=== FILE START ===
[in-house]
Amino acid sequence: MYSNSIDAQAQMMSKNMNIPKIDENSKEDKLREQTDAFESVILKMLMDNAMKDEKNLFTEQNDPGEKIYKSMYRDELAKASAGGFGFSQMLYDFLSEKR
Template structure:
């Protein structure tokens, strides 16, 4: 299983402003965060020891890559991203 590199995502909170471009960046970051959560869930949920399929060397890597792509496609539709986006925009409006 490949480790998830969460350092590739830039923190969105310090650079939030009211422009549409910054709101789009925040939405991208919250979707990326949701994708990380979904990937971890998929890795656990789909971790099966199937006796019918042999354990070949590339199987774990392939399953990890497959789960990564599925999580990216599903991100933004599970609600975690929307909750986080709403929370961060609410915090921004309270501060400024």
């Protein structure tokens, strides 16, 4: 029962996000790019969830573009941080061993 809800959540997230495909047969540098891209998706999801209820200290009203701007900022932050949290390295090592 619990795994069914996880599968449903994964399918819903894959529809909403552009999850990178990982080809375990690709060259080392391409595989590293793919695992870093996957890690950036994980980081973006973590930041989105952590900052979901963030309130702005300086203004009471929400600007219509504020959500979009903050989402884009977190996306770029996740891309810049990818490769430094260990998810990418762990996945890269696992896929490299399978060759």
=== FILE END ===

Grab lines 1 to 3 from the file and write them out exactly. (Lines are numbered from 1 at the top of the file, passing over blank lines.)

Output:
[in-house]
Amino acid sequence: MYSNSIDAQAQMMSKNMNIPKIDENSKEDKLREQTDAFESVILKMLMDNAMKDEKNLFTEQNDPGEKIYKSMYRDELAKASAGGFGFSQMLYDFLSEKR
Template structure: